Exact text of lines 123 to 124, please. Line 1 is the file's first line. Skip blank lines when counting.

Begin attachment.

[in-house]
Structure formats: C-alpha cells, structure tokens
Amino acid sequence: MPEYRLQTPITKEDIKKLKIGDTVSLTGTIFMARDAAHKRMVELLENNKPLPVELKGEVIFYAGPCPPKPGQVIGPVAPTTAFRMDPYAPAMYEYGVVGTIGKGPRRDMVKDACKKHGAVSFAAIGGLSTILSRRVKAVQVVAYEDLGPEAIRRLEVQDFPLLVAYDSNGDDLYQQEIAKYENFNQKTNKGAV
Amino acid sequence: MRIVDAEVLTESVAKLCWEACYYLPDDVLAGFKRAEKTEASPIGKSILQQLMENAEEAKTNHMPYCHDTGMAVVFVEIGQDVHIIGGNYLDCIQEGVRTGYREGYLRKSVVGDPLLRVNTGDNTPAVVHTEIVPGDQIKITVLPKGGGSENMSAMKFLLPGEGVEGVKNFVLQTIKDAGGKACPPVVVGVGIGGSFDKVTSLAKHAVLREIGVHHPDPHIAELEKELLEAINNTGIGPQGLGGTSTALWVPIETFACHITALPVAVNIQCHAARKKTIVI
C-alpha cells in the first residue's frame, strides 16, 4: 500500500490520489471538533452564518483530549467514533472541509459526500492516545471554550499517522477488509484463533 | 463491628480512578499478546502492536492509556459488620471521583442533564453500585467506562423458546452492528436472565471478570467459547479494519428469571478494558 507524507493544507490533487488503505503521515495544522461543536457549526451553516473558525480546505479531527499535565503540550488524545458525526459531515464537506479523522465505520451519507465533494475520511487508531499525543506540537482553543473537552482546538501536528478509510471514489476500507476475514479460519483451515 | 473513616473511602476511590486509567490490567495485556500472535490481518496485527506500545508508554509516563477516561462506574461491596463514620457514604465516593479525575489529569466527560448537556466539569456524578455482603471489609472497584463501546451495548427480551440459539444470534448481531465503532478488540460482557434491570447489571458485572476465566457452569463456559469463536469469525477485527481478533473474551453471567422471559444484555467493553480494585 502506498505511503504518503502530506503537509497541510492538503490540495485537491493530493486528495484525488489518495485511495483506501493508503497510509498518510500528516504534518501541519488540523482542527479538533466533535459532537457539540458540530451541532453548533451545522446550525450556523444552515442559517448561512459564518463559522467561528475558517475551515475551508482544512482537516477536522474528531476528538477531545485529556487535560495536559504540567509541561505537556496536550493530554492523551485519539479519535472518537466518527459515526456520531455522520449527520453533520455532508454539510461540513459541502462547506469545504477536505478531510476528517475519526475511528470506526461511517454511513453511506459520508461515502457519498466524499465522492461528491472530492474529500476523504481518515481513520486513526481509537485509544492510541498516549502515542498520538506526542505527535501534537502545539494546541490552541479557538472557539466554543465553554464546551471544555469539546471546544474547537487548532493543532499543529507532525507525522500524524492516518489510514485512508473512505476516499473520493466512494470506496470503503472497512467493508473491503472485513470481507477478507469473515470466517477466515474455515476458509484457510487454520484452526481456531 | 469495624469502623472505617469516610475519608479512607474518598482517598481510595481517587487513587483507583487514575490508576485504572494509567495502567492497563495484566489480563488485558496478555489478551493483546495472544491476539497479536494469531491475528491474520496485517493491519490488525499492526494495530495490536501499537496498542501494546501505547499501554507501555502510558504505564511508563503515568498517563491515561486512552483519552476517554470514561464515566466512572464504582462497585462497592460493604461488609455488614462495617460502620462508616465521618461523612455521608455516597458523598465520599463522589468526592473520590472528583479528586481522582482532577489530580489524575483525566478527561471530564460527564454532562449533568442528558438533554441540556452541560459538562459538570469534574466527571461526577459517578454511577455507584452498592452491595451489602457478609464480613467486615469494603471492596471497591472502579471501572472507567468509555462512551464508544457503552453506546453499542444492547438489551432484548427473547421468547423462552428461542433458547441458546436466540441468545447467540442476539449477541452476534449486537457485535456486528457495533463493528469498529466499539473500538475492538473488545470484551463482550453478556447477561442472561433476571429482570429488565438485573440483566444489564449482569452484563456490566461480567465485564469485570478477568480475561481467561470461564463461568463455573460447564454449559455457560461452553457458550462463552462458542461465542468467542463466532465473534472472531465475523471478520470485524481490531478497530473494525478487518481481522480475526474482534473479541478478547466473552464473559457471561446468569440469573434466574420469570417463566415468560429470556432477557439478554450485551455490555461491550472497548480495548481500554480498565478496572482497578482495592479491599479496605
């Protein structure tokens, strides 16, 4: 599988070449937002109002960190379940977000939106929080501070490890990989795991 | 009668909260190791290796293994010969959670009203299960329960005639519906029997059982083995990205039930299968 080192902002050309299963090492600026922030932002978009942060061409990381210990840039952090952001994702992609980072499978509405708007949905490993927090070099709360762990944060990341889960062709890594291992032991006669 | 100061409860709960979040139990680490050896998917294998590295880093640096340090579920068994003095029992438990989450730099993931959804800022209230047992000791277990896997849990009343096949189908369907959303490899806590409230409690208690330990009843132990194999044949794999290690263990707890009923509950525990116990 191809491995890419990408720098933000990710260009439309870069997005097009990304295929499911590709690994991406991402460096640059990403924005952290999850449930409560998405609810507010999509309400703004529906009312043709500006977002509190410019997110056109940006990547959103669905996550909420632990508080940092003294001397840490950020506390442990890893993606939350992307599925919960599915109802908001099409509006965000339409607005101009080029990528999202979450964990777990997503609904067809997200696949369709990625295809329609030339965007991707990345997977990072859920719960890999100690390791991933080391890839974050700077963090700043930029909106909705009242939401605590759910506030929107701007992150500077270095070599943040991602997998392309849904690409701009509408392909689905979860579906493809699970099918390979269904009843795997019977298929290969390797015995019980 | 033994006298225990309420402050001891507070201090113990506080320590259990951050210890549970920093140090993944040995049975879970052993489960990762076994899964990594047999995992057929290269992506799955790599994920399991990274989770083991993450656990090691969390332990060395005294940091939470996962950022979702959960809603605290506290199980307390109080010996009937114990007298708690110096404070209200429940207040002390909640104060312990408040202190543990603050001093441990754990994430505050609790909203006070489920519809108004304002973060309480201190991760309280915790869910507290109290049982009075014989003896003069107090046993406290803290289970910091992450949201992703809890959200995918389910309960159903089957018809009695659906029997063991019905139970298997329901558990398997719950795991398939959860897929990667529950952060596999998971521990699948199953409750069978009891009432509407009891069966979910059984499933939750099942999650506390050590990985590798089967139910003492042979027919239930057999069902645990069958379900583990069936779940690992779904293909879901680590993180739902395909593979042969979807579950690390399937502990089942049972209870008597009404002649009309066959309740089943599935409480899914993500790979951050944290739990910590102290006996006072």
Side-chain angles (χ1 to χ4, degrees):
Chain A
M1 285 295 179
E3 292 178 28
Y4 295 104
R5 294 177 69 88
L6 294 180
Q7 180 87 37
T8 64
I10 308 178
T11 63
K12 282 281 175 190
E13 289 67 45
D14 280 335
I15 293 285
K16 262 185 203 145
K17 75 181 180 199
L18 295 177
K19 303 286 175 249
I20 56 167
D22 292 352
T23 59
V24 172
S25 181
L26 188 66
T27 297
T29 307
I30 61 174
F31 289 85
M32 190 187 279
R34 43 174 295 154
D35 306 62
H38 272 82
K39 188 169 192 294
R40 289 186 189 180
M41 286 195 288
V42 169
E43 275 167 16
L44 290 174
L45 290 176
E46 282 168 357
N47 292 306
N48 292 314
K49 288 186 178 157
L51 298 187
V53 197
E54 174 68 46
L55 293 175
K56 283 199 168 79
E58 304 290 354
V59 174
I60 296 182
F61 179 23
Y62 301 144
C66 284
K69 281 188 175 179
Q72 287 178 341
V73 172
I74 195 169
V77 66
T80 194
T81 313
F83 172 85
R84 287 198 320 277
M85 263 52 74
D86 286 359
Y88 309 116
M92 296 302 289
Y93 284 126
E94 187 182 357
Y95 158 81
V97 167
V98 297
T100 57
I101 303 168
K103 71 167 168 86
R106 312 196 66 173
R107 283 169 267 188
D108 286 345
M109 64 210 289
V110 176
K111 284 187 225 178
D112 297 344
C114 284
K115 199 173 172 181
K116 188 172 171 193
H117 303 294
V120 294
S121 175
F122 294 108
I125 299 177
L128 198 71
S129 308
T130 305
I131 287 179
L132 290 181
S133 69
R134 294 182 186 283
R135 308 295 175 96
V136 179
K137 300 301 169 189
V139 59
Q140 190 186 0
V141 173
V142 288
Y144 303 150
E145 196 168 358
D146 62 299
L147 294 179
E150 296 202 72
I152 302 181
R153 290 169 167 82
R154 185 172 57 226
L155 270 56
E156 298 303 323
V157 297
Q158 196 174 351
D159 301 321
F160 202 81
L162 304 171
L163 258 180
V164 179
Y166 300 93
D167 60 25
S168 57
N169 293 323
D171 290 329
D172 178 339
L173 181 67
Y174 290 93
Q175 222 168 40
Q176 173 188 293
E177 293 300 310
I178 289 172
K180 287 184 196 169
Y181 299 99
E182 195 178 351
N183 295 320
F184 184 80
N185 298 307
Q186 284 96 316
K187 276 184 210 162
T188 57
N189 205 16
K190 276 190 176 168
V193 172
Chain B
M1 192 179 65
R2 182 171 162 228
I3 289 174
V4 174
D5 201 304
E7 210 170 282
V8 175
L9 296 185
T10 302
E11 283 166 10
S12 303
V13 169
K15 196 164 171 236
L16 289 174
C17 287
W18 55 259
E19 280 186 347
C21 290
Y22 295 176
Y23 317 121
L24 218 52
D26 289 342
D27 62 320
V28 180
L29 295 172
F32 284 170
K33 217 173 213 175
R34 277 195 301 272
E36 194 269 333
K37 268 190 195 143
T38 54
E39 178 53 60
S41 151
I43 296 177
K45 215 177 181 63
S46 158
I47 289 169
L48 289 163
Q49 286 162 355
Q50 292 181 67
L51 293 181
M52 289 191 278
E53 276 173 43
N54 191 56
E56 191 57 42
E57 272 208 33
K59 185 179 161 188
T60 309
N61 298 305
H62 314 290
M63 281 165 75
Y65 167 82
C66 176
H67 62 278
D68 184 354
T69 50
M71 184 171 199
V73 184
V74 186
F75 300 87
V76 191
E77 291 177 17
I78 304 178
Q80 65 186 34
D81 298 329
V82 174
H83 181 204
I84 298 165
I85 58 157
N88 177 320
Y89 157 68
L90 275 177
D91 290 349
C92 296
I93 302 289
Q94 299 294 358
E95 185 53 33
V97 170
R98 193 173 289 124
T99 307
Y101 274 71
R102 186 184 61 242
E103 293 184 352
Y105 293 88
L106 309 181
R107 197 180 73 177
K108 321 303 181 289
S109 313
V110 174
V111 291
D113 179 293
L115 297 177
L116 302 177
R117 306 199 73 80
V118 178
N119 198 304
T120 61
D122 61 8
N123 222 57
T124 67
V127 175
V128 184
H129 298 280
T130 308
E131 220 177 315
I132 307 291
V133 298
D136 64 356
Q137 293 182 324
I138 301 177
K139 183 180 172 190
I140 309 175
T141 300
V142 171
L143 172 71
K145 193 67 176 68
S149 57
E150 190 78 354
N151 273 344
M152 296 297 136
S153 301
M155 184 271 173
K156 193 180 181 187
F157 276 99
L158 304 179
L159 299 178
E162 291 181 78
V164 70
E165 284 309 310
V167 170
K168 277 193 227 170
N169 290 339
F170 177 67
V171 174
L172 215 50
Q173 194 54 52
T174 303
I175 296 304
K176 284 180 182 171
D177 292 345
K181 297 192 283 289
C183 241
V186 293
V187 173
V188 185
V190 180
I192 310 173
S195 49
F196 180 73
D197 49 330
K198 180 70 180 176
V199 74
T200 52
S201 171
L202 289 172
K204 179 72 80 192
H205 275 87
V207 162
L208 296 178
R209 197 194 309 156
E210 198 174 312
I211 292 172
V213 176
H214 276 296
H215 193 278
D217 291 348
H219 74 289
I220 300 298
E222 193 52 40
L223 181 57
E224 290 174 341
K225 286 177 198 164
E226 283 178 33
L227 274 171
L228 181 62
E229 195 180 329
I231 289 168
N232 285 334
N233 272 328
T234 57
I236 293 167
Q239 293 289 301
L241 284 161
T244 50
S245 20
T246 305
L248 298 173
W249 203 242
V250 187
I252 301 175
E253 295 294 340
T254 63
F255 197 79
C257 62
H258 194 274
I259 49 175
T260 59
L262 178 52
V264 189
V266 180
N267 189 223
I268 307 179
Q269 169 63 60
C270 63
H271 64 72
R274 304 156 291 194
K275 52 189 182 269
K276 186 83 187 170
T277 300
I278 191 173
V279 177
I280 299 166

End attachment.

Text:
Q158 196 174 351
D159 301 321